If you’re like me, you had plenty of jokes at the ready when the Pittsburgh Steelers announced they were signing RB Kalen Ballage.
He averaged 1.8 YPC in 2019? Wow, great scheme for the Steelers’ offense. Boom. Roasted.
Over the last two years, his longest run is 17 yards? Woah, he might be too much of a playmaker in this run game. I’m here all week, try the veal.
Signing Ballage isn’t moving the needle very much. It isn’t changing draft plans. He isn’t even guaranteed to make the roster. But if he’s going to lock down a roster spot, he can earn his keep in two ways. One, like virtually every backup, by cutting his teeth on special teams. And two, winning in short-yardage. Despite a lackluster career, Ballage has shown value in both respects.
Ballage has size and as an extension, he has some power. Coming out of Arizona State, he weighed in at 6’1, 228 pounds at the 2018 Combine. And that’s given him success in short-yardage areas. A worthy trait considering just how abysmal the Steelers have been in that regard the last couple seasons. Pittsburgh’s short-yardage struggles are well-documented and were especially problematic in 2020. It was literally a coin flip as to if the Steelers could convert on 3rd/4th and short.
Ballage, relatively speaking, has had success. Here’s how he stacks up against Steelers’ RBs since 2018. Their success rates on 3rd/4th down and 1-2 yards to go.
|Runner||First Downs||Attempts||Success %|
Ballage is almost 20% better than anyone the Steelers have thrown out there. If you want to break it down by back, Ballage beats out Conner (60%) and Snell (56.3%).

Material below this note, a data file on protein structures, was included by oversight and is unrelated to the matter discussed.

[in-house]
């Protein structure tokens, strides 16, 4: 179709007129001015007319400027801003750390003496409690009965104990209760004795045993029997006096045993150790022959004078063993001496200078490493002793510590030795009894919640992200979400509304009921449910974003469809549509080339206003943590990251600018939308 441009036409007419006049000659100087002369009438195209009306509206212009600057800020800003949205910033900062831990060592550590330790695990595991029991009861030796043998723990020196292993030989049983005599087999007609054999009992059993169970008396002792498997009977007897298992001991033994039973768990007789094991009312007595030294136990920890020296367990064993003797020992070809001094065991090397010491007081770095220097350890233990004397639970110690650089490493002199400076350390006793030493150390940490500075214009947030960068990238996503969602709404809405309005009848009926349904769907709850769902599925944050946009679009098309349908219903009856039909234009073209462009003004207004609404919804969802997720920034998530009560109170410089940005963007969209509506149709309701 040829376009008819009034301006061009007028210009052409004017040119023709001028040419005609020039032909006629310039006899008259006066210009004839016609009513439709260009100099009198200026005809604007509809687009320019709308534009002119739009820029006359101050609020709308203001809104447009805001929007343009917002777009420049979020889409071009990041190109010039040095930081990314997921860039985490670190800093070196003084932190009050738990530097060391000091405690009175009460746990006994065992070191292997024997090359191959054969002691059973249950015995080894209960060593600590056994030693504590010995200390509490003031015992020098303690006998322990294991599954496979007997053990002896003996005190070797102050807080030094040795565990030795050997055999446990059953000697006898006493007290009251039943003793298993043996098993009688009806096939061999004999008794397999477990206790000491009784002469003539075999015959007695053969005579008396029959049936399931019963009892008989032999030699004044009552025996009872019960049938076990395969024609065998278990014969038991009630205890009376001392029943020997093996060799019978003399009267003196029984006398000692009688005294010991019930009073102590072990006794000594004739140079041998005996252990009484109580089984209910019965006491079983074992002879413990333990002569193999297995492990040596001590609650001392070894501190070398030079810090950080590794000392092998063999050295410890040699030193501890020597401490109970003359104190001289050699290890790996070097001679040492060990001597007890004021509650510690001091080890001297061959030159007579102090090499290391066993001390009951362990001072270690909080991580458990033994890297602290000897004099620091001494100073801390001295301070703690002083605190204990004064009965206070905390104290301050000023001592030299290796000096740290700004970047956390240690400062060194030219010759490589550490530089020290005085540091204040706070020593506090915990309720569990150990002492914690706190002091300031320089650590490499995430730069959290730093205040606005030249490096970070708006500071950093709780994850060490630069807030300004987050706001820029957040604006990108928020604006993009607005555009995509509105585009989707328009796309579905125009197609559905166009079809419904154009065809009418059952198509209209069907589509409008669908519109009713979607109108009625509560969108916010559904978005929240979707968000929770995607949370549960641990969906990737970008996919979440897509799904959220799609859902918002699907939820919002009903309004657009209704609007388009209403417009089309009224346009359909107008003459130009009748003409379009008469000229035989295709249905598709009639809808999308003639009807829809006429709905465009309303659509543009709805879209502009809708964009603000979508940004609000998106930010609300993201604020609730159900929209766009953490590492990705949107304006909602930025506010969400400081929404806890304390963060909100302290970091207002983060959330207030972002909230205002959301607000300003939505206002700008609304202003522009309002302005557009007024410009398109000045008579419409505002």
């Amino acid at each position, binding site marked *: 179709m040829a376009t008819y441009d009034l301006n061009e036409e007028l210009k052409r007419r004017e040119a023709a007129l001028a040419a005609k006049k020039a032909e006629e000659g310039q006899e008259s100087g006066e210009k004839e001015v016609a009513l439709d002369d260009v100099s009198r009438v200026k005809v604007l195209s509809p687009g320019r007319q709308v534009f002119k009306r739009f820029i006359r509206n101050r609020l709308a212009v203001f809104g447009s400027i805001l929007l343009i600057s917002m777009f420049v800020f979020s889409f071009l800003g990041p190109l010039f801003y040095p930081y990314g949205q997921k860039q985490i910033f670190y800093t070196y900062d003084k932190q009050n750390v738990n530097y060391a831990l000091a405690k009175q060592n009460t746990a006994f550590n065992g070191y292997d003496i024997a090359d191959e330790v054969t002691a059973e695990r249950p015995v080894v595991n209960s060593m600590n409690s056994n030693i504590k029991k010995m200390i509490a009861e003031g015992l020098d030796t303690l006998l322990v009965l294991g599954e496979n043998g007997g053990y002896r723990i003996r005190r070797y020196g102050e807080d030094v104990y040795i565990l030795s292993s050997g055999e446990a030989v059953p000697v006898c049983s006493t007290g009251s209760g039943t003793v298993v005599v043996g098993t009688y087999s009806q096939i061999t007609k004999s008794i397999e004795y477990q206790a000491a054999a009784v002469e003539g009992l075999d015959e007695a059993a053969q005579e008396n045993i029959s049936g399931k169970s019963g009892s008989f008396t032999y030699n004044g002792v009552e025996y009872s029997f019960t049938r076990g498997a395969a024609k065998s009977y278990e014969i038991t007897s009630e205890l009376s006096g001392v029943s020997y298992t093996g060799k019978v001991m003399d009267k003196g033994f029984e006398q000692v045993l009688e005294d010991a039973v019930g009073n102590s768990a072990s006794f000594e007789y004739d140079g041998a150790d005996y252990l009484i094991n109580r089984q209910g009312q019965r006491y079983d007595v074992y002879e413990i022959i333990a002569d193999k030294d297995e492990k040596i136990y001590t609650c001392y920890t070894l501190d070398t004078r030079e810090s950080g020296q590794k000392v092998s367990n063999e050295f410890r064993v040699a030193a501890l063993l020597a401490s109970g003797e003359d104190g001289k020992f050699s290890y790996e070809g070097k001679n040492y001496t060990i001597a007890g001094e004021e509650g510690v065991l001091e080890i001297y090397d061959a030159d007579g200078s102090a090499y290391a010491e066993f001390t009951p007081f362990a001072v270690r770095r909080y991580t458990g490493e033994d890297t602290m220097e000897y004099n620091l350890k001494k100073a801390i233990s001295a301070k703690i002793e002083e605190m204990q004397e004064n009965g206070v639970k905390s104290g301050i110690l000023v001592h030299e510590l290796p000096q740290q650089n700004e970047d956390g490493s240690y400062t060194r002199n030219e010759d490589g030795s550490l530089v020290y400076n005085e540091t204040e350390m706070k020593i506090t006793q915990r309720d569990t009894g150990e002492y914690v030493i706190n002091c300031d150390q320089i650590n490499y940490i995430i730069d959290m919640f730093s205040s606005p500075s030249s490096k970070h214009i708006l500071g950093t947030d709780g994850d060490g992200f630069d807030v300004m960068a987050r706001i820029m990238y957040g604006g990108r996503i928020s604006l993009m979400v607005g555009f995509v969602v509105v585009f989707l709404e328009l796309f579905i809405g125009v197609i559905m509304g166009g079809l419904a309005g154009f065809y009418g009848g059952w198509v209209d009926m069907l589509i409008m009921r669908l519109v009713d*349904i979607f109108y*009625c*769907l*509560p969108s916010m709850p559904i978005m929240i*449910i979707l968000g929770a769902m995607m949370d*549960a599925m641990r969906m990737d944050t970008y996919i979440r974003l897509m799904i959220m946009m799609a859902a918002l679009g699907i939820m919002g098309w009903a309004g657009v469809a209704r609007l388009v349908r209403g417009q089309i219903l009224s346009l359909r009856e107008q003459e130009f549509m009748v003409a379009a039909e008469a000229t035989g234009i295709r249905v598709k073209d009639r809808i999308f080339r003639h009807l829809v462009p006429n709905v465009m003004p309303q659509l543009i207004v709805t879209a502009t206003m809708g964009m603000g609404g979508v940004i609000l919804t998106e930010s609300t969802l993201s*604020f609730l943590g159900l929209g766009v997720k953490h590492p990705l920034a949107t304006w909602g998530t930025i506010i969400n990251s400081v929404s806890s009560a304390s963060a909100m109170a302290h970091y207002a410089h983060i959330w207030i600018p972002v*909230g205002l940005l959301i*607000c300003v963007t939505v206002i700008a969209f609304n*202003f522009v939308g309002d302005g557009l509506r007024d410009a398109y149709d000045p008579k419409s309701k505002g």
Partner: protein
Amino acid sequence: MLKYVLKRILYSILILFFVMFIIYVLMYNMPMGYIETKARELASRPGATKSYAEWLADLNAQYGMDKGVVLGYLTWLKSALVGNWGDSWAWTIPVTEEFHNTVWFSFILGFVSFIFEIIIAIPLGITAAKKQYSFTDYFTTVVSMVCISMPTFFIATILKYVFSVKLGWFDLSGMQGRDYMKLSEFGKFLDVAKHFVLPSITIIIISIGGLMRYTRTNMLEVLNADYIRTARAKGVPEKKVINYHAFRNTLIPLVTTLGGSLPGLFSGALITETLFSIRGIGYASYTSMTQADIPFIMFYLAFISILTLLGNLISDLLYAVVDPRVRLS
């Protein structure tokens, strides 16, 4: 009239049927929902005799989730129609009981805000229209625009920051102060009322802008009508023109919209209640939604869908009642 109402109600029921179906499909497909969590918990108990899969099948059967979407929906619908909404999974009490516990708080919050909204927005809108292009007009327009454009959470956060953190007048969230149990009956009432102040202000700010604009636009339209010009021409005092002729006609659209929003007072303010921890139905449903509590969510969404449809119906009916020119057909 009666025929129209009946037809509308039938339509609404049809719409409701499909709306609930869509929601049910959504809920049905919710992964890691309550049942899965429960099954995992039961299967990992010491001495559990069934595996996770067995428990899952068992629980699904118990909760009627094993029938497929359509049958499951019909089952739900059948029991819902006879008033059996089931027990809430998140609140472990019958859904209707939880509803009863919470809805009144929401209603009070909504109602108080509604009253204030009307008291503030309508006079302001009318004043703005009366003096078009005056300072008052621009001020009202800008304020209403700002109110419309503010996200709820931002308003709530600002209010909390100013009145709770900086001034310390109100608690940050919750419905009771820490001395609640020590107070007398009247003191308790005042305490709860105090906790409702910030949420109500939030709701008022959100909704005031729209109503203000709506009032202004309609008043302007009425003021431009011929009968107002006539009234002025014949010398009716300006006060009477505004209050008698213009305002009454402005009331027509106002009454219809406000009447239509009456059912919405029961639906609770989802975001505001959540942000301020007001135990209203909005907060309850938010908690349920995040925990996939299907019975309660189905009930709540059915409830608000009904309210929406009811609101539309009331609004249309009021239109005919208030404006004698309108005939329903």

To be fair, offensive line greatly influences success. But Ballage has been with the Dolphins, Jets, and Chargers. Not exactly running behind the best front fives in football.
And if you compare him to other top backs in the league, his short-yardage success is strong. Since Ballage came into the league, here is his short-yardage comparison stacked next to every RB in football with at least his 24 attempts.
Gus Edwards – 80%
Derrick Henry – 78.9%
Zeke Elliott – 76.1%
Kenyan Drake – 75.8%
Kalen Ballage – 75%
Dalvin Cook – 75%
Chris Carson – 74.6%
Adrian Peterson – 74.1%
Peyton Barber – 71.4%
Melvin Gordon – 70.8%
Sony Michel – 70.6%
Leonard Fournette – 69.4%
David Montgomery – 69.0%
Alvin Kamara – 68.8%
Joe Mixon – 68.1%
David Johnson – 67.7%
Jamaal Williams – 66.7%
Todd Gurley – 64%
Marlon Mack – 63.6%
Jordan Howard – 62.5%
James Conner – 60%
James White – 60%
Christian McCaffrey – 57.1%
Benny Snell – 56.3%
Nick Chubb – 54.5%
Josh Jacobs – 54.5%
Frank Gore – 38.5%
Of that list, here’s how the Steelers’ backs line up.
Ballage – T-5th
Conner – T-21st
Snell – 24th
I could’ve given you a dozen guesses of where Ballage would’ve finished on that list. I would’ve never suspected top five. And perhaps it’s one reason to explain why his YPC has been as low as it is (though doesn’t explain it away entirely, to be clear).
So those are the numbers. What about the tape? I put together a collection of all of Ballage’s 3rd/4th down short-yardage conversions since coming into the league. Separated into two clips for you below.